The Vegan Association of Turkey filed a lawsuit against the Ministry of Agriculture and Forestry in Turkey for the annulment of the regulation article that prohibits the production and sale of vegan cheese. The case was filed at the Council of State with a demand for an immediate stay of execution against the violations and losses of rights by consumers and manufacturers across the country.
07/07/2022, Istanbul / Turkey – Struggling in Turkey’s administrative courts last year for the cancellation of hunting tourism tenders and winning all the cases in favor of wild animals, The Vegan Association Turkey (TVD) continues its right-based efforts with the lawsuits it filed this year within the scope of veganism and freedom of conscience.
Bringing the nutritional problems of vegan students studying at universities across Turkey to the court through a lawsuit it filed with the Council of Higher Education in May, TVD recently launched a legal battle, this time, against a ban that has no precedent in the world.
In the light of the grievances conveyed by vegan consumers and vegan cheese producers, TVD filed a lawsuit on June 29, 2022 against the Ministry of Agriculture and Forestry in Turkey at the Council of State for the annulment of the article 9/3 of the Turkish Food Codex Regulation, which prohibits the production and sale of vegan cheese, and article 5 of the Turkish Food Codex Cheese Communiqué.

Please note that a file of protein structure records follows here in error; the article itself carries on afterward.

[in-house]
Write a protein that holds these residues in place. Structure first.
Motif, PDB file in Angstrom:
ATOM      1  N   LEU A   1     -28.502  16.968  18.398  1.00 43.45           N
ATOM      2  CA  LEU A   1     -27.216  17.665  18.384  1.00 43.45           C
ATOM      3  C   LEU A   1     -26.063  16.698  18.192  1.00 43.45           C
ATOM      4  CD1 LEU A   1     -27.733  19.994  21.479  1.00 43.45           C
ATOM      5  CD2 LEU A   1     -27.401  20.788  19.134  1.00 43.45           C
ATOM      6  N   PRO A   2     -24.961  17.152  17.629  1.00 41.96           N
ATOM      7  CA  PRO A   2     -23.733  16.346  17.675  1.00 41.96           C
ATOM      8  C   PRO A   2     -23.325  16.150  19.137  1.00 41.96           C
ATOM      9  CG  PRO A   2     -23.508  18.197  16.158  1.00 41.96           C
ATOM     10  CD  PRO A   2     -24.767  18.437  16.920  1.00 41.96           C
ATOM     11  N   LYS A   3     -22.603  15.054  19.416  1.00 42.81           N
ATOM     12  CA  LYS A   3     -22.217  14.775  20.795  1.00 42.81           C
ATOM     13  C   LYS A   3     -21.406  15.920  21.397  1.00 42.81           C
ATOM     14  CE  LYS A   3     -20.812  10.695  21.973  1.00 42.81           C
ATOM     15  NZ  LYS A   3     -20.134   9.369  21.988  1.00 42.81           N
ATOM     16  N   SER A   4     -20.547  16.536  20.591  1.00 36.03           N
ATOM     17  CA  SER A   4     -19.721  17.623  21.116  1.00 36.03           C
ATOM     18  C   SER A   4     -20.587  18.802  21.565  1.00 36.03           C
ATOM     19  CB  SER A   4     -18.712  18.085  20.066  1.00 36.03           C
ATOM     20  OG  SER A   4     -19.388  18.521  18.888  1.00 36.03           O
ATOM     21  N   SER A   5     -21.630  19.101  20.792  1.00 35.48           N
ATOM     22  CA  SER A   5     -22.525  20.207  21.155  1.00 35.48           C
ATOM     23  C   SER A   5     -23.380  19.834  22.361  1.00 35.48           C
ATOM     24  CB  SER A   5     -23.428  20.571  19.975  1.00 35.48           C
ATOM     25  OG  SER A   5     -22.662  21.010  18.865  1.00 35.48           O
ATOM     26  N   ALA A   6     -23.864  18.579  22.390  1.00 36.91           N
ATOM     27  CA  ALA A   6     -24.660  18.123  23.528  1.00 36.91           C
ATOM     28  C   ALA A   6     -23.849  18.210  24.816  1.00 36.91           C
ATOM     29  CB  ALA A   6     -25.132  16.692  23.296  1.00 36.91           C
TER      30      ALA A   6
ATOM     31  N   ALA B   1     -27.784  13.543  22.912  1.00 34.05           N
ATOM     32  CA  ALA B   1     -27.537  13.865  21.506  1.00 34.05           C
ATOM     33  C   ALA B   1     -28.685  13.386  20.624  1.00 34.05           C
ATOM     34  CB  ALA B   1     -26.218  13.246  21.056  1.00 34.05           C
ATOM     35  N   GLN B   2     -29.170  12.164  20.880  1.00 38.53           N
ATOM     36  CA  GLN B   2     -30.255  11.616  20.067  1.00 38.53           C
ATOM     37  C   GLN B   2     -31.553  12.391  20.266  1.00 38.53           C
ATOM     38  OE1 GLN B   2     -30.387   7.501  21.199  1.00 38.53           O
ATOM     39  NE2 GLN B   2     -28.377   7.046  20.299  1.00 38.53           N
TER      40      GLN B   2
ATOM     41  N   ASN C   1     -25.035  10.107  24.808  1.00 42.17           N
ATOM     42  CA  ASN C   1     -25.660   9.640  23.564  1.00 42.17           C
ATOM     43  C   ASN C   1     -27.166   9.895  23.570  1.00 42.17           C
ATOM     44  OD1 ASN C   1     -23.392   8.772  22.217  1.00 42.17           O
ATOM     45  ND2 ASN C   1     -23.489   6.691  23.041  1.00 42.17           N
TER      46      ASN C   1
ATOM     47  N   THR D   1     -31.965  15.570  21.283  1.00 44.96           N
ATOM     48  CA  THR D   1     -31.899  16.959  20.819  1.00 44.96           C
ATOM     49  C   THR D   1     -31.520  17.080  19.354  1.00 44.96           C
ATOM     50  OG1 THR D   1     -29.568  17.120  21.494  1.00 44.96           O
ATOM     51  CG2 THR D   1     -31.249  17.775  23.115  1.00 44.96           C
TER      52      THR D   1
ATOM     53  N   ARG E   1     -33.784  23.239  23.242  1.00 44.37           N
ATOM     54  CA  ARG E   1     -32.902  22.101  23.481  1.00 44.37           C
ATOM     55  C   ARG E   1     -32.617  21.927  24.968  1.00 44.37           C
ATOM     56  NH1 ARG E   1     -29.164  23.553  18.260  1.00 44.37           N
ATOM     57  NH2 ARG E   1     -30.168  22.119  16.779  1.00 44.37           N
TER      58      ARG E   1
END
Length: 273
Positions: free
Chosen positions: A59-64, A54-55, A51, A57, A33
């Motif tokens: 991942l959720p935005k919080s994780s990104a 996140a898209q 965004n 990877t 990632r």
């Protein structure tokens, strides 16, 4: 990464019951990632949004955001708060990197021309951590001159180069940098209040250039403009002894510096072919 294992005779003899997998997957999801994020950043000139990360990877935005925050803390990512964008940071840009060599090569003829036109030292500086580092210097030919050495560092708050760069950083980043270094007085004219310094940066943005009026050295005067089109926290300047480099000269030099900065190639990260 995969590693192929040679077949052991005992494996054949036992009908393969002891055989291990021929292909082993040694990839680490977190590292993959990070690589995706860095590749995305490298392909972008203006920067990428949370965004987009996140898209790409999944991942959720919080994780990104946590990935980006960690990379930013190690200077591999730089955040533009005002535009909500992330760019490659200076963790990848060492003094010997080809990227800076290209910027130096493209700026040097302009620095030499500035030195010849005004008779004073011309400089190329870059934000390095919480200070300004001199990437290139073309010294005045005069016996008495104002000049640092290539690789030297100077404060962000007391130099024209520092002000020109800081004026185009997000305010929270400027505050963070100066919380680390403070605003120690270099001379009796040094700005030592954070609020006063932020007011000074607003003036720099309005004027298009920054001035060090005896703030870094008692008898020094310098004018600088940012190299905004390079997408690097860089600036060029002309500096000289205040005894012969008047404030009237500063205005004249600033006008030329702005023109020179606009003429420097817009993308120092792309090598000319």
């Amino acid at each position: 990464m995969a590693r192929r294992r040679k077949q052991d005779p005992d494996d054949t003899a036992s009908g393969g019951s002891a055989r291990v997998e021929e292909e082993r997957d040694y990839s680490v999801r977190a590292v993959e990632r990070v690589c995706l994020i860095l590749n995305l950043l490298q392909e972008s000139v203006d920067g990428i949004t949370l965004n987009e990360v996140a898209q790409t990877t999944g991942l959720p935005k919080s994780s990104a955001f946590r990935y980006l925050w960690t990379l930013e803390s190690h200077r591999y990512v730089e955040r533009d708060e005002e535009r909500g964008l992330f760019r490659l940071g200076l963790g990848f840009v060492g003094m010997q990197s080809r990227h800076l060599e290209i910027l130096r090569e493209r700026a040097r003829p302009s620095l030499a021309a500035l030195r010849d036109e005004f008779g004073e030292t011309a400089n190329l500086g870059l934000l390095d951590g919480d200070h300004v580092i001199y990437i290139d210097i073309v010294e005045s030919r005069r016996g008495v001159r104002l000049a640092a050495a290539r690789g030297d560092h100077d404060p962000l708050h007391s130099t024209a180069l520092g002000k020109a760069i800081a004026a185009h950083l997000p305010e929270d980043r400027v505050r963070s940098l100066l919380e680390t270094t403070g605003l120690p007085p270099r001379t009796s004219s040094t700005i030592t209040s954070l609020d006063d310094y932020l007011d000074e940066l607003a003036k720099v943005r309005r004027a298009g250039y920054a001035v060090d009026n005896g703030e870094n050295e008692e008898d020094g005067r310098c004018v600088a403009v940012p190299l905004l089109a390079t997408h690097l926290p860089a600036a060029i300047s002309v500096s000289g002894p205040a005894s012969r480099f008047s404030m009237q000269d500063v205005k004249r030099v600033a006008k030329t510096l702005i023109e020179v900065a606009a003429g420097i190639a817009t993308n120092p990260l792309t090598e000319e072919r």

The association took legal action as the final step because, despite TVD’s previous calls and meetings, the relevant ministry have not taken any positive steps towards the cancellation of these articles and caused new violations to occur on the side of both manufacturers and consumers.
TVD also applied to the Council of State this week to be involved in the lawsuit filed by a vegan cheese manufacturer, who was fined high amounts as a result of the ban.
The extent of the ban
Article 9/3 added to the Turkish Food Codex Regulation writes that “Products giving the impression of [dairy] cheese cannot be produced using vegetable/plant-based oil or other food ingredients.”
The pretense behind the ban is “to prevent adulteration”. According to the unjustifiable regulation article, any product that is considered to resemble [dairy] cheese but does not even contain the word cheese in its name can be prohibited unreservedly.
According to the Department of Food Establishments and Codex within the Ministry of Agriculture and Forestry, even the vacuumed packaging would evoke the idea of [dairy] cheese and this could be misleading for the customers.
Proprietary rights of manufacturers and fundamental legal principles of law are violated
As part of its charter, TVD not only defends the rights of non-human animals, but also the rights of vegan individuals and vegan product manufacturers.